1.é4 é5 2.Nf3 Nç6 3.Bb5 a6 4.Ba4 Nf6 5.0-0 Bé7 6.Ré1 b5 7.Bb3 d6 8.ç3 0-0 9.h3 Nb8 10.d4 Nbd7 11.ç4 (11. Nd2 is more in "español" style) ç6 12.a3 (to play Nc3)  b×ç4 13.B×ç4 d5 (13. ... Nxe4 14. Rxe4 d5 15. Re1 dxc4 16. Ne5 and it becomes a bit smoother) 14.é×d5 ç×d5 15.Ba2 é4 16.Né5 Bb7 17.Nç3 Nb6 18.f3 Rç8  (threatens vaguely Bxa3: 19. Bg5 Bxa3 20 bxa3 Rxc3 21. Bd2 Rc8 22. Ba5 Nfd7 23. Nxd7 is not too top) 19.Bb3 Ba8 20.Bg5 Rç7 21.Rç1 Nfd7 22.Bf4 Bg5 23.B×g5 Q×g5 24.f×é4 d×é4 25.Qg4 Q×g4 26.N×g4 g6? (26. ... Kh8)  27.Nf2 Ré8 28.d5 Kg7 29.Nf×é4 N×d5! 30.Nd6! R×é1+ 31.R×é1 N5f6 32.Ré7 Rç6 33.R×f7+ Kh6 34.Nç4 Ré6 35.Kf2 Kg5 36.Bç2 Bç6 37.Nd2 h5 38.Nb3?! (38. Rg7)  Né5! (the old man rebels !)  39.Ra7 Nég4+ 40.h×g4 N×g4+ 41.Kf1 Né3+ 42.Kg1 N×ç2 43.R×a6 Bd7 44.R×é6 B×é6 45.Nç5 Bç4 46.a4 Kf4?? (46. Kf5 draw) 47.a5 Nb4 48.b3 Bf7 49.Nd3+ N×d3 50.a6 Bé8 51.Nd5+ Ké5 52.Né7 (a Kubbel ending as the Master points out) Blacks resigns

The youngster in the ascendancy showed here with the whites that he could continue this one and the old man proved that he still had some nice remains.

For the restoration part and in the absence of Guy, the Master was able to present 2 quite different problems from the same competition in Rio.

To prepare Adeline for the evening of 15/12.

5 -hs#3 Mars Circé 2 solutions









W. : Kb8 Qg1 Rf1
B. : Kg3 Qf8 Rd8 Bh5 Pç7
hs‡3 (3+5) C+


Helped selfmate: White plays and Black helps him until move n-1. White then presents a reverse mate in 1 move
        selfmate : white forces black to checkmate
        Mars Circe : to capture, a piece (or a pawn) virtually returns to its original square which must be free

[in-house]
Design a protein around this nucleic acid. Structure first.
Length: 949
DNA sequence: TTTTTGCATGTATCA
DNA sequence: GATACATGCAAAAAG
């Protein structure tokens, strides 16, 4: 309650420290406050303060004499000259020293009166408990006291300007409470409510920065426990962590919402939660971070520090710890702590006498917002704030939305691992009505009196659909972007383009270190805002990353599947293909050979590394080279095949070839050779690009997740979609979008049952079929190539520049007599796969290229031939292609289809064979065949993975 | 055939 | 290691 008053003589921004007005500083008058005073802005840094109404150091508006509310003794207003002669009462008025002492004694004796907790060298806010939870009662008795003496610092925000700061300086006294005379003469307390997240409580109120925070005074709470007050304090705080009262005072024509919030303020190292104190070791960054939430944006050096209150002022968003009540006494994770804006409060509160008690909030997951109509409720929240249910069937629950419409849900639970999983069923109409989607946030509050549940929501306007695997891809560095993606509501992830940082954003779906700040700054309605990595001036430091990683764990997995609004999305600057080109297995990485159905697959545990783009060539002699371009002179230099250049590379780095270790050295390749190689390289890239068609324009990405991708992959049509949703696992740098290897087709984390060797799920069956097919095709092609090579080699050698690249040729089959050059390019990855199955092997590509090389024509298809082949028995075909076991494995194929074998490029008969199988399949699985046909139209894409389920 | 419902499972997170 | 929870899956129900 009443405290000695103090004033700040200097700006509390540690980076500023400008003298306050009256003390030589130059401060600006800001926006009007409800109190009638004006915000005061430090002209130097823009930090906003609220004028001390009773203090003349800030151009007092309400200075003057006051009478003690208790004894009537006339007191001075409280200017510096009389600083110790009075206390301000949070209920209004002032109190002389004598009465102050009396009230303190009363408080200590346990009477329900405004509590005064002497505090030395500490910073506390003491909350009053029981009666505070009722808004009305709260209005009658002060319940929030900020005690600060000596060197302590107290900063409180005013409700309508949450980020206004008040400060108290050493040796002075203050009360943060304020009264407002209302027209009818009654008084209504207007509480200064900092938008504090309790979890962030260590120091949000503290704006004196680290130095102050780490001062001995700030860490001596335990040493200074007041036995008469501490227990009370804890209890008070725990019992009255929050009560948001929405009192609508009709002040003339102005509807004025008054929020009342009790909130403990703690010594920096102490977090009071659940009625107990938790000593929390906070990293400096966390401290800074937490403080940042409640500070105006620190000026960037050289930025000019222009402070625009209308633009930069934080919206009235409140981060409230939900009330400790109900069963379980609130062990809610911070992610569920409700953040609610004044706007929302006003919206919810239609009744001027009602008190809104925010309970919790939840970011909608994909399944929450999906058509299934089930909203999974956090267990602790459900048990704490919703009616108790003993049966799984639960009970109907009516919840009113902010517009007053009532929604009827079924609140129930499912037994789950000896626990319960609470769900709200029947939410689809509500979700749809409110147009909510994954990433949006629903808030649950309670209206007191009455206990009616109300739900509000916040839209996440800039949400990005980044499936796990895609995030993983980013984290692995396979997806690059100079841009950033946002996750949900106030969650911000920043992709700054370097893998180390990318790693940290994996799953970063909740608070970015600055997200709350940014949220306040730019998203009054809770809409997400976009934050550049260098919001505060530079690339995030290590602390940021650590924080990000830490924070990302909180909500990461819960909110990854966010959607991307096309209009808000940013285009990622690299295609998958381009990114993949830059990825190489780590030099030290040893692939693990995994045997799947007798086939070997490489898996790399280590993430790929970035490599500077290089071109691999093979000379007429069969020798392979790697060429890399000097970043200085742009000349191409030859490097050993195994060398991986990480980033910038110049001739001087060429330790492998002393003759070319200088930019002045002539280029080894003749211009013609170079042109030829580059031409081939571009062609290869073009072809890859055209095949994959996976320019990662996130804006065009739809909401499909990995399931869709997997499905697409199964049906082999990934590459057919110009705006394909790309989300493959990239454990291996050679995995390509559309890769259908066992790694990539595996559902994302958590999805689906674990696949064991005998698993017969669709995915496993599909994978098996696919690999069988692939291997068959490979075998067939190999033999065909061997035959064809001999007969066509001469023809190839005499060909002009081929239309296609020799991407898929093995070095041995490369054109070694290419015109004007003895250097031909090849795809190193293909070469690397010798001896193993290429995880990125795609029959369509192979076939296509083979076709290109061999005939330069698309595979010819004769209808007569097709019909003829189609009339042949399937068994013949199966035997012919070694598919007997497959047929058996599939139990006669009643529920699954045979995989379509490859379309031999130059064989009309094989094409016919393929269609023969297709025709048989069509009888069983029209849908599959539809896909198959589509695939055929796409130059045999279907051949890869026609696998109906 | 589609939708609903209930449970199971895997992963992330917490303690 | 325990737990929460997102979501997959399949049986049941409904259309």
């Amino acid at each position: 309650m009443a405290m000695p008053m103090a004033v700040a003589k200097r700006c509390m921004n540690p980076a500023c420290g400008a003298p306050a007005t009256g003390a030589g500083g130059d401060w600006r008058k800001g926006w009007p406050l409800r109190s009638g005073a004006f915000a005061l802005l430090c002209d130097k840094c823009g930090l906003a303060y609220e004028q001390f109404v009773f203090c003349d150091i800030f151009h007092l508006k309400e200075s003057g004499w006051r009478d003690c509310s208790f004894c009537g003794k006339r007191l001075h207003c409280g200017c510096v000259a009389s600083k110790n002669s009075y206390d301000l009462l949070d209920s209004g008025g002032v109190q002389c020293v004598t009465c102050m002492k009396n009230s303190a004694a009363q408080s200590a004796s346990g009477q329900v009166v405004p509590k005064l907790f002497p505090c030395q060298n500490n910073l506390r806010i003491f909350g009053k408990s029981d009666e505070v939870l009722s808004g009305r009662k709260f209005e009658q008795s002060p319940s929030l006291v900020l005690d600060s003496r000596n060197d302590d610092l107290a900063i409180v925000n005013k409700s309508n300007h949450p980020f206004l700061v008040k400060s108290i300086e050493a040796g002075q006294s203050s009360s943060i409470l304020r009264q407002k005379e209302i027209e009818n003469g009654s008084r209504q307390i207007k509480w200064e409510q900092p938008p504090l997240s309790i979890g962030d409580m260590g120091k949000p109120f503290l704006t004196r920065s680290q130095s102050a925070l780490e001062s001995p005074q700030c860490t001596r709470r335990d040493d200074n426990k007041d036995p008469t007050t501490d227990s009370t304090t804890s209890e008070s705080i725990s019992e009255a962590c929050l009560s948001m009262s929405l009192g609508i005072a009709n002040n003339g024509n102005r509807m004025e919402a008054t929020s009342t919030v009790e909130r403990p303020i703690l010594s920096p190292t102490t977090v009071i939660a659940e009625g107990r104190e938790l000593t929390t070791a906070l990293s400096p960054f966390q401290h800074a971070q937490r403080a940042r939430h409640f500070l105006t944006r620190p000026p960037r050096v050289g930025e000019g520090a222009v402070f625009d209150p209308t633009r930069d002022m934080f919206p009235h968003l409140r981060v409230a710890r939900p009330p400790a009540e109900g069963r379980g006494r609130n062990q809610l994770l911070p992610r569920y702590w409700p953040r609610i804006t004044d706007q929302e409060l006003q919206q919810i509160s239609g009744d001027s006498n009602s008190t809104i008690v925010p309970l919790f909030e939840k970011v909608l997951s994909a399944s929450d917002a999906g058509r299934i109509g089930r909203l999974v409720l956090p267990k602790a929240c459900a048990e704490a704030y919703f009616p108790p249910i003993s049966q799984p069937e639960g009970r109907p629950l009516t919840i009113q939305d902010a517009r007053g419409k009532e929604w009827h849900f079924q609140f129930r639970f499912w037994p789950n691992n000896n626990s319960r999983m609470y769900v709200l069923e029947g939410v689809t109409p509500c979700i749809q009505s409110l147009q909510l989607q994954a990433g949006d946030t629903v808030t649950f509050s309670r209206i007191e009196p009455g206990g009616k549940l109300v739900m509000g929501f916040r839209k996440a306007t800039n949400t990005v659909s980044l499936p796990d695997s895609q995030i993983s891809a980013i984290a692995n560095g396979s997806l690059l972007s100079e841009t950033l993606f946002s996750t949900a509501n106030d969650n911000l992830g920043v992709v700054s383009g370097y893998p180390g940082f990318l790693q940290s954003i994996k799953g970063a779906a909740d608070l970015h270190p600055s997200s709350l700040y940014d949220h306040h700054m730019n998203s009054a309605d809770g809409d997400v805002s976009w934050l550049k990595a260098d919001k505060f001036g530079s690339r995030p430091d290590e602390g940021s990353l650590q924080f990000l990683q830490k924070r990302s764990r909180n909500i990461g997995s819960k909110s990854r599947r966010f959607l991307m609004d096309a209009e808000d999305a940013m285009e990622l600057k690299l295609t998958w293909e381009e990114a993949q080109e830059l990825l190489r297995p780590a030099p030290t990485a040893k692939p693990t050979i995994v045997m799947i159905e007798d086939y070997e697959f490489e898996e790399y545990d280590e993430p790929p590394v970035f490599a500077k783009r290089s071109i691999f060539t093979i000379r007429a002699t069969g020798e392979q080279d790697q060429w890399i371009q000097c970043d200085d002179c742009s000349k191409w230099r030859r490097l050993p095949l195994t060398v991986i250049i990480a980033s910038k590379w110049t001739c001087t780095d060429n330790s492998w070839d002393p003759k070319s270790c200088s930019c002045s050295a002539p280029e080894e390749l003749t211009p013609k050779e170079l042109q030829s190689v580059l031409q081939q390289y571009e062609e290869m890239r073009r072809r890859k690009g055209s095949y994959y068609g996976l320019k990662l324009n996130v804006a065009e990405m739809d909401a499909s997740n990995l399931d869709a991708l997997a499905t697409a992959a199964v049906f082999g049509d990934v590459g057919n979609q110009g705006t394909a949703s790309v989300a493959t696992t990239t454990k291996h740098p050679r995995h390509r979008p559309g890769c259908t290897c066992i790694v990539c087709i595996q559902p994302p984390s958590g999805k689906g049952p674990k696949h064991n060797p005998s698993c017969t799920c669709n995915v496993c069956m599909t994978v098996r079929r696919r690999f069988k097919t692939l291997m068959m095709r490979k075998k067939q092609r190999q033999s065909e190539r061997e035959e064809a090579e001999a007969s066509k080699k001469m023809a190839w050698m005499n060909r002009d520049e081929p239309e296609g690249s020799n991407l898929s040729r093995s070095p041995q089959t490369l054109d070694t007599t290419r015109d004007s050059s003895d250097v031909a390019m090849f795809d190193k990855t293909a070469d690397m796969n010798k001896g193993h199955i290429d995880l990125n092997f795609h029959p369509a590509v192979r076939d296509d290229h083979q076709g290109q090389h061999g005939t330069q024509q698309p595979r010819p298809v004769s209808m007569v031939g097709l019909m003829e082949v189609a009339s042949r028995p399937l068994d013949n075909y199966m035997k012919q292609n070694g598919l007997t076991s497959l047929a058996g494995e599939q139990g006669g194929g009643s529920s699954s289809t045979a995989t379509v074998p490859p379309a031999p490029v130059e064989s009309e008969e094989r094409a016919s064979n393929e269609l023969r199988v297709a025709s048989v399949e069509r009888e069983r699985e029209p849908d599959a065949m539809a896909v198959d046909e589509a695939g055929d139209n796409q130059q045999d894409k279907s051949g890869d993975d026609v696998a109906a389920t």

So that our newcomer is not put off by the genre, the clerk sacrifices one of the 2 solutions
First of all, a small rook of the position concerning the 2 Kings which are not in grip!
        - The Qf8 cannot go virtually from d8 to b8 because of the Td8
        - Rd8 cannot go from a8 to b8 because of Qf8
        - Kg3 is not in the grip of a Queen who would be forced to virtually go through d1

1.Re1 (occupies the original square of the white king) Kf2 (this move is now possible) 2.Rd1+ (the e1 square is now vacated, so there is a check to the black king by the white king!) Ke1 (occupies the square, this is the last assist move) 3.Qa7+ (frees the virtual road between h1 and e1 for the Rd1) Qf1‡ (the only legal move that frees the virtual road between a8 and b8!!)
And to finish the Take & Make

6 - hs#3,5 Take & Make 2 solutions








W. : Kb7 Rd5ç4 Bç5ç2 Nb1 Pa2
B. : Kç1 Qh7 Rg6 Bh8 Né7g4 Pa7a5
hs‡3,5 (7+8)

        Take & Make : when a piece captures another one, it makes an additional move by adopting the march of the captured piece
It remains for me to wish you a good reading and to give you an appointment on 15/12 for a fairy festival.
Yours sincerely
Le greffier 

winter rug

Is the Master greffier fashionable? The sober expression "Good morning to all" is correct and takes full account, from a grammatical point of view, of the presence of Adeline and any other charming female audience members. Just as the term "man", depending on the context, often means "human being", including ipso facto the fairer sex. But it is true that a calamitous chess journalist practices this dichotomy, imitating an even more calamitous former French president...

The said presence also confused him to the point of placing the Black King on f8 in the first example, whereas it should be on f7. No other mistake except that, in the game of the day, Black gave up one move early (at the 51st), having got the idea! and the virtual route is between h8 and b8 instead of a8 and b8.

See you in three weeks and have fun.